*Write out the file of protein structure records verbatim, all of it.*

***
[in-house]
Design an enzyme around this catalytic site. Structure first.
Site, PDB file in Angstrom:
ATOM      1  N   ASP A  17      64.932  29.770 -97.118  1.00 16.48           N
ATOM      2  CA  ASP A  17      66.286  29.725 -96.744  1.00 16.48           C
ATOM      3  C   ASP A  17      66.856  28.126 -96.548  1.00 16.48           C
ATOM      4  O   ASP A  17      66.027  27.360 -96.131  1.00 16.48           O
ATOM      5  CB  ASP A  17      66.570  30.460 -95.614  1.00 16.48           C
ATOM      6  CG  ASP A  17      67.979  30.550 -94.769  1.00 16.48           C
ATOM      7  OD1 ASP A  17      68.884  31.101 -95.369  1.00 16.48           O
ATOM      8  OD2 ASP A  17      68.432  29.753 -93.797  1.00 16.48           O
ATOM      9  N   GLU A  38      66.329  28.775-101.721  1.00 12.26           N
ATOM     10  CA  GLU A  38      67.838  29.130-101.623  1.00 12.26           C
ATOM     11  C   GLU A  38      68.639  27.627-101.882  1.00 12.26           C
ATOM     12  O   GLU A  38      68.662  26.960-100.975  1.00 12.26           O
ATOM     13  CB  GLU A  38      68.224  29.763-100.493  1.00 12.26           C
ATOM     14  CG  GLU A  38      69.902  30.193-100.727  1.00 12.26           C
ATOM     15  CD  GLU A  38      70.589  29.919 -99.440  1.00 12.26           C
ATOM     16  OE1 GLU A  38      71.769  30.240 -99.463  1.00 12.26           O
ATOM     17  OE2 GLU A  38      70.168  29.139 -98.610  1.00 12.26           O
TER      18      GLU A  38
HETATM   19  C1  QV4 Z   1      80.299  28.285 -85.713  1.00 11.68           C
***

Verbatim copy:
[in-house]
Design an enzyme around this catalytic site. Structure first.
Site, PDB file in Angstrom:
ATOM      1  N   ASP A  17      64.932  29.770 -97.118  1.00 16.48           N
ATOM      2  CA  ASP A  17      66.286  29.725 -96.744  1.00 16.48           C
ATOM      3  C   ASP A  17      66.856  28.126 -96.548  1.00 16.48           C
ATOM      4  O   ASP A  17      66.027  27.360 -96.131  1.00 16.48           O
ATOM      5  CB  ASP A  17      66.570  30.460 -95.614  1.00 16.48           C
ATOM      6  CG  ASP A  17      67.979  30.550 -94.769  1.00 16.48           C
ATOM      7  OD1 ASP A  17      68.884  31.101 -95.369  1.00 16.48           O
ATOM      8  OD2 ASP A  17      68.432  29.753 -93.797  1.00 16.48           O
ATOM      9  N   GLU A  38      66.329  28.775-101.721  1.00 12.26           N
ATOM     10  CA  GLU A  38      67.838  29.130-101.623  1.00 12.26           C
ATOM     11  C   GLU A  38      68.639  27.627-101.882  1.00 12.26           C
ATOM     12  O   GLU A  38      68.662  26.960-100.975  1.00 12.26           O
ATOM     13  CB  GLU A  38      68.224  29.763-100.493  1.00 12.26           C
ATOM     14  CG  GLU A  38      69.902  30.193-100.727  1.00 12.26           C
ATOM     15  CD  GLU A  38      70.589  29.919 -99.440  1.00 12.26           C
ATOM     16  OE1 GLU A  38      71.769  30.240 -99.463  1.00 12.26           O
ATOM     17  OE2 GLU A  38      70.168  29.139 -98.610  1.00 12.26           O
TER      18      GLU A  38
HETATM   19  C1  QV4 Z   1      80.299  28.285 -85.713  1.00 11.68           C